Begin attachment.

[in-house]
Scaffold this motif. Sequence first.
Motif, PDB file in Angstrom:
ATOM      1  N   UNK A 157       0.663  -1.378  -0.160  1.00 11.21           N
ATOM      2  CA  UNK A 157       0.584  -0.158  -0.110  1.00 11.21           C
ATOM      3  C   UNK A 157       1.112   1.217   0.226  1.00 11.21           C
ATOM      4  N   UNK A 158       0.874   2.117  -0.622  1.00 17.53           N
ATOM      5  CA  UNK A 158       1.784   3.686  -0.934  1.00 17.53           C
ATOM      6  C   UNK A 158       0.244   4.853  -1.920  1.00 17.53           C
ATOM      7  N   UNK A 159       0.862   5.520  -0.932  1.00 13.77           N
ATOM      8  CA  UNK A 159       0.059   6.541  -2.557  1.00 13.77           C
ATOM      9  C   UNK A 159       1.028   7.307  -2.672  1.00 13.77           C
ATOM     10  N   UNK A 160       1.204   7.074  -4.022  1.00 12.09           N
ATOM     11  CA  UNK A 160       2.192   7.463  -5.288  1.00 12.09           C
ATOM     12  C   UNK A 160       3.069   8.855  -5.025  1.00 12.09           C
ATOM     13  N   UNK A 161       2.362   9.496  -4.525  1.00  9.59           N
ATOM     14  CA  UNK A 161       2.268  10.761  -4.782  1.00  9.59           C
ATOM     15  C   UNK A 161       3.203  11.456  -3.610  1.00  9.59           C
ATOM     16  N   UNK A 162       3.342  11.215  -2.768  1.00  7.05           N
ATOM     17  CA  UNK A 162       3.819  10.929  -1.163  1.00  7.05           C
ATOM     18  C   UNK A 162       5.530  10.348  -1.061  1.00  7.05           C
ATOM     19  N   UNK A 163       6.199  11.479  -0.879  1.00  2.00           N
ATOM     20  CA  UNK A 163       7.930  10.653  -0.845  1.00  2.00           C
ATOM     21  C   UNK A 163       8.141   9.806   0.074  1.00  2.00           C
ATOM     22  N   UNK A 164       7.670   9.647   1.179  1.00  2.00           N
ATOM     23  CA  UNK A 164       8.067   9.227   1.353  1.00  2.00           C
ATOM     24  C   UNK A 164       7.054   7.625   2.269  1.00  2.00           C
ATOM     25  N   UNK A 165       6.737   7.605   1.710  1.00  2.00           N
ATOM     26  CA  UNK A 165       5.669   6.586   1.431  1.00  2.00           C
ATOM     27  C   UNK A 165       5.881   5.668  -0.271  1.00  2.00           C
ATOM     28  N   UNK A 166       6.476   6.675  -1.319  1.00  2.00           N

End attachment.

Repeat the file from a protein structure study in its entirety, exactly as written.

[in-house]
Scaffold this motif. Sequence first.
Motif, PDB file in Angstrom:
ATOM      1  N   UNK A 157       0.663  -1.378  -0.160  1.00 11.21           N
ATOM      2  CA  UNK A 157       0.584  -0.158  -0.110  1.00 11.21           C
ATOM      3  C   UNK A 157       1.112   1.217   0.226  1.00 11.21           C
ATOM      4  N   UNK A 158       0.874   2.117  -0.622  1.00 17.53           N
ATOM      5  CA  UNK A 158       1.784   3.686  -0.934  1.00 17.53           C
ATOM      6  C   UNK A 158       0.244   4.853  -1.920  1.00 17.53           C
ATOM      7  N   UNK A 159       0.862   5.520  -0.932  1.00 13.77           N
ATOM      8  CA  UNK A 159       0.059   6.541  -2.557  1.00 13.77           C
ATOM      9  C   UNK A 159       1.028   7.307  -2.672  1.00 13.77           C
ATOM     10  N   UNK A 160       1.204   7.074  -4.022  1.00 12.09           N
ATOM     11  CA  UNK A 160       2.192   7.463  -5.288  1.00 12.09           C
ATOM     12  C   UNK A 160       3.069   8.855  -5.025  1.00 12.09           C
ATOM     13  N   UNK A 161       2.362   9.496  -4.525  1.00  9.59           N
ATOM     14  CA  UNK A 161       2.268  10.761  -4.782  1.00  9.59           C
ATOM     15  C   UNK A 161       3.203  11.456  -3.610  1.00  9.59           C
ATOM     16  N   UNK A 162       3.342  11.215  -2.768  1.00  7.05           N
ATOM     17  CA  UNK A 162       3.819  10.929  -1.163  1.00  7.05           C
ATOM     18  C   UNK A 162       5.530  10.348  -1.061  1.00  7.05           C
ATOM     19  N   UNK A 163       6.199  11.479  -0.879  1.00  2.00           N
ATOM     20  CA  UNK A 163       7.930  10.653  -0.845  1.00  2.00           C
ATOM     21  C   UNK A 163       8.141   9.806   0.074  1.00  2.00           C
ATOM     22  N   UNK A 164       7.670   9.647   1.179  1.00  2.00           N
ATOM     23  CA  UNK A 164       8.067   9.227   1.353  1.00  2.00           C
ATOM     24  C   UNK A 164       7.054   7.625   2.269  1.00  2.00           C
ATOM     25  N   UNK A 165       6.737   7.605   1.710  1.00  2.00           N
ATOM     26  CA  UNK A 165       5.669   6.586   1.431  1.00  2.00           C
ATOM     27  C   UNK A 165       5.881   5.668  -0.271  1.00  2.00           C
ATOM     28  N   UNK A 166       6.476   6.675  -1.319  1.00  2.00           N